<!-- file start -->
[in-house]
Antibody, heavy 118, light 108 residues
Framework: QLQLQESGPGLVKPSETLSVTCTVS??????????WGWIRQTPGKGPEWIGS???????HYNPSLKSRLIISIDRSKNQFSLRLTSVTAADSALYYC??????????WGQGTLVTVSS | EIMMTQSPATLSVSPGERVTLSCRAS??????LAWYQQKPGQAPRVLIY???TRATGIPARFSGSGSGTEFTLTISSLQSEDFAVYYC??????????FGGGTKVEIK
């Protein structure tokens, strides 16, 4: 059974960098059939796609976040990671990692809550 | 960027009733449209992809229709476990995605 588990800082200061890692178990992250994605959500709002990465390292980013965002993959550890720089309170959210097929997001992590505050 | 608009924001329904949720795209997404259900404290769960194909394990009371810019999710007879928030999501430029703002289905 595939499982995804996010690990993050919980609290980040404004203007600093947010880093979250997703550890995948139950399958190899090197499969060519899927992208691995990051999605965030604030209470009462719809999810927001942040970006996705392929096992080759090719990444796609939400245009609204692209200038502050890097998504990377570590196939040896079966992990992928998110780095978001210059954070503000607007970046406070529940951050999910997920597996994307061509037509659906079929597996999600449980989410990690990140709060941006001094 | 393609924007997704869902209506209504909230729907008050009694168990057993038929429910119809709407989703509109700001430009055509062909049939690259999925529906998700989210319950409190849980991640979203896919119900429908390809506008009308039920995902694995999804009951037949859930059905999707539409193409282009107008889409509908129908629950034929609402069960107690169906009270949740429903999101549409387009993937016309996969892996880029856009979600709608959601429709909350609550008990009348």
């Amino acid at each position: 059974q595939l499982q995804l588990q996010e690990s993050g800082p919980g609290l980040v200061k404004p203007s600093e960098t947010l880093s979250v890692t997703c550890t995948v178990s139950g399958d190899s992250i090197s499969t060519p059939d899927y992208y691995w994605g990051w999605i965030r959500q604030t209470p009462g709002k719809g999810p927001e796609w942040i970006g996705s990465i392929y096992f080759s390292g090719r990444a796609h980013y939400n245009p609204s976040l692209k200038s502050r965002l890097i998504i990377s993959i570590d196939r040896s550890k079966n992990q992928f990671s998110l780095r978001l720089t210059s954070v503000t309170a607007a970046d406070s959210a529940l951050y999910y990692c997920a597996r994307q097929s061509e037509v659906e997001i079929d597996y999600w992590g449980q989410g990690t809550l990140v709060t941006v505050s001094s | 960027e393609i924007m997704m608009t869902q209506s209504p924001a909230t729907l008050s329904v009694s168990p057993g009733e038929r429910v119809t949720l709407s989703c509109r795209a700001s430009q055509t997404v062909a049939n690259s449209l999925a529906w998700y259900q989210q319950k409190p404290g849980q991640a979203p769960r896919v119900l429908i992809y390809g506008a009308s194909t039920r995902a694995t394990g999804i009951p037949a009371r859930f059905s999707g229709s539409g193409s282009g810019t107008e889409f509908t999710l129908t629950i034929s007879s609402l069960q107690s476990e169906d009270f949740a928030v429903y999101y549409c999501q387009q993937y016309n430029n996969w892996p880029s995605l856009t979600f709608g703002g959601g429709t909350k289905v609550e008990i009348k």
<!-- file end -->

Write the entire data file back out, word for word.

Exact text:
[in-house]
Antibody, heavy 118, light 108 residues
Framework: QLQLQESGPGLVKPSETLSVTCTVS??????????WGWIRQTPGKGPEWIGS???????HYNPSLKSRLIISIDRSKNQFSLRLTSVTAADSALYYC??????????WGQGTLVTVSS | EIMMTQSPATLSVSPGERVTLSCRAS??????LAWYQQKPGQAPRVLIY???TRATGIPARFSGSGSGTEFTLTISSLQSEDFAVYYC??????????FGGGTKVEIK
């Protein structure tokens, strides 16, 4: 059974960098059939796609976040990671990692809550 | 960027009733449209992809229709476990995605 588990800082200061890692178990992250994605959500709002990465390292980013965002993959550890720089309170959210097929997001992590505050 | 608009924001329904949720795209997404259900404290769960194909394990009371810019999710007879928030999501430029703002289905 595939499982995804996010690990993050919980609290980040404004203007600093947010880093979250997703550890995948139950399958190899090197499969060519899927992208691995990051999605965030604030209470009462719809999810927001942040970006996705392929096992080759090719990444796609939400245009609204692209200038502050890097998504990377570590196939040896079966992990992928998110780095978001210059954070503000607007970046406070529940951050999910997920597996994307061509037509659906079929597996999600449980989410990690990140709060941006001094 | 393609924007997704869902209506209504909230729907008050009694168990057993038929429910119809709407989703509109700001430009055509062909049939690259999925529906998700989210319950409190849980991640979203896919119900429908390809506008009308039920995902694995999804009951037949859930059905999707539409193409282009107008889409509908129908629950034929609402069960107690169906009270949740429903999101549409387009993937016309996969892996880029856009979600709608959601429709909350609550008990009348």
């Amino acid at each position: 059974q595939l499982q995804l588990q996010e690990s993050g800082p919980g609290l980040v200061k404004p203007s600093e960098t947010l880093s979250v890692t997703c550890t995948v178990s139950g399958d190899s992250i090197s499969t060519p059939d899927y992208y691995w994605g990051w999605i965030r959500q604030t209470p009462g709002k719809g999810p927001e796609w942040i970006g996705s990465i392929y096992f080759s390292g090719r990444a796609h980013y939400n245009p609204s976040l692209k200038s502050r965002l890097i998504i990377s993959i570590d196939r040896s550890k079966n992990q992928f990671s998110l780095r978001l720089t210059s954070v503000t309170a607007a970046d406070s959210a529940l951050y999910y990692c997920a597996r994307q097929s061509e037509v659906e997001i079929d597996y999600w992590g449980q989410g990690t809550l990140v709060t941006v505050s001094s | 960027e393609i924007m997704m608009t869902q209506s209504p924001a909230t729907l008050s329904v009694s168990p057993g009733e038929r429910v119809t949720l709407s989703c509109r795209a700001s430009q055509t997404v062909a049939n690259s449209l999925a529906w998700y259900q989210q319950k409190p404290g849980q991640a979203p769960r896919v119900l429908i992809y390809g506008a009308s194909t039920r995902a694995t394990g999804i009951p037949a009371r859930f059905s999707g229709s539409g193409s282009g810019t107008e889409f509908t999710l129908t629950i034929s007879s609402l069960q107690s476990e169906d009270f949740a928030v429903y999101y549409c999501q387009q993937y016309n430029n996969w892996p880029s995605l856009t979600f709608g703002g959601g429709t909350k289905v609550e008990i009348k």